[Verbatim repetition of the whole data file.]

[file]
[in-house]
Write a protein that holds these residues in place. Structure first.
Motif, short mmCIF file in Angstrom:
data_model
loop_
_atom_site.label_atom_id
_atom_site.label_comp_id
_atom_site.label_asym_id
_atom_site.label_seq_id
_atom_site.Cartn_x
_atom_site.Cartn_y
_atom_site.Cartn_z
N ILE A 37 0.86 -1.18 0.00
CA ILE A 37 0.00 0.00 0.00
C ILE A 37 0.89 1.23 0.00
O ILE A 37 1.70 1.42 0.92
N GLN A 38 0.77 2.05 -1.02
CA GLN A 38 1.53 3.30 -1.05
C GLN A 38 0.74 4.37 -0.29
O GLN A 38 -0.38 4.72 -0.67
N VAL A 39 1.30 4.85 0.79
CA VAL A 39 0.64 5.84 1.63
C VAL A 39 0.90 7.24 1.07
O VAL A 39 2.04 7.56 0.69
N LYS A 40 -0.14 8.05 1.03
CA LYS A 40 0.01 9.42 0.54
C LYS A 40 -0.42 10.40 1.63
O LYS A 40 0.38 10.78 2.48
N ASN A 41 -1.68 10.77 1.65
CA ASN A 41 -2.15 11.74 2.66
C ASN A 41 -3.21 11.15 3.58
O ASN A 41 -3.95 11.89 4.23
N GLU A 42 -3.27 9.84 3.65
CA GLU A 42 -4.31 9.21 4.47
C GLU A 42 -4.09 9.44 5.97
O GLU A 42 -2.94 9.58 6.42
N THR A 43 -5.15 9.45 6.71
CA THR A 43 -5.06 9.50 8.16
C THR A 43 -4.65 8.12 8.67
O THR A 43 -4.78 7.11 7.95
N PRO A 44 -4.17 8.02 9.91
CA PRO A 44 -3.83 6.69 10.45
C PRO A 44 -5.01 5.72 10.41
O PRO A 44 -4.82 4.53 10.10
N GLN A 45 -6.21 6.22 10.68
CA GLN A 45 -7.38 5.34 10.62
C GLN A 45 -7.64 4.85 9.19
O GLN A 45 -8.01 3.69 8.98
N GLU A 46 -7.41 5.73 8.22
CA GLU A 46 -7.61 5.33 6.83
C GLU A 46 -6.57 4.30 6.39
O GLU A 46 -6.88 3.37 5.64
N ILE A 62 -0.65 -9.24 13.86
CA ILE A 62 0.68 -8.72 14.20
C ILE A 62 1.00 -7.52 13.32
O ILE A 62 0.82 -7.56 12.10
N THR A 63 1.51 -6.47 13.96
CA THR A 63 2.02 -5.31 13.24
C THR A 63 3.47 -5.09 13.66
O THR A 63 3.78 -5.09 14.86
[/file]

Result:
[in-house]
Write a protein that holds these residues in place. Structure first.
Motif, short mmCIF file in Angstrom:
data_model
loop_
_atom_site.label_atom_id
_atom_site.label_comp_id
_atom_site.label_asym_id
_atom_site.label_seq_id
_atom_site.Cartn_x
_atom_site.Cartn_y
_atom_site.Cartn_z
N ILE A 37 0.86 -1.18 0.00
CA ILE A 37 0.00 0.00 0.00
C ILE A 37 0.89 1.23 0.00
O ILE A 37 1.70 1.42 0.92
N GLN A 38 0.77 2.05 -1.02
CA GLN A 38 1.53 3.30 -1.05
C GLN A 38 0.74 4.37 -0.29
O GLN A 38 -0.38 4.72 -0.67
N VAL A 39 1.30 4.85 0.79
CA VAL A 39 0.64 5.84 1.63
C VAL A 39 0.90 7.24 1.07
O VAL A 39 2.04 7.56 0.69
N LYS A 40 -0.14 8.05 1.03
CA LYS A 40 0.01 9.42 0.54
C LYS A 40 -0.42 10.40 1.63
O LYS A 40 0.38 10.78 2.48
N ASN A 41 -1.68 10.77 1.65
CA ASN A 41 -2.15 11.74 2.66
C ASN A 41 -3.21 11.15 3.58
O ASN A 41 -3.95 11.89 4.23
N GLU A 42 -3.27 9.84 3.65
CA GLU A 42 -4.31 9.21 4.47
C GLU A 42 -4.09 9.44 5.97
O GLU A 42 -2.94 9.58 6.42
N THR A 43 -5.15 9.45 6.71
CA THR A 43 -5.06 9.50 8.16
C THR A 43 -4.65 8.12 8.67
O THR A 43 -4.78 7.11 7.95
N PRO A 44 -4.17 8.02 9.91
CA PRO A 44 -3.83 6.69 10.45
C PRO A 44 -5.01 5.72 10.41
O PRO A 44 -4.82 4.53 10.10
N GLN A 45 -6.21 6.22 10.68
CA GLN A 45 -7.38 5.34 10.62
C GLN A 45 -7.64 4.85 9.19
O GLN A 45 -8.01 3.69 8.98
N GLU A 46 -7.41 5.73 8.22
CA GLU A 46 -7.61 5.33 6.83
C GLU A 46 -6.57 4.30 6.39
O GLU A 46 -6.88 3.37 5.64
N ILE A 62 -0.65 -9.24 13.86
CA ILE A 62 0.68 -8.72 14.20
C ILE A 62 1.00 -7.52 13.32
O ILE A 62 0.82 -7.56 12.10
N THR A 63 1.51 -6.47 13.96
CA THR A 63 2.02 -5.31 13.24
C THR A 63 3.47 -5.09 13.66
O THR A 63 3.78 -5.09 14.86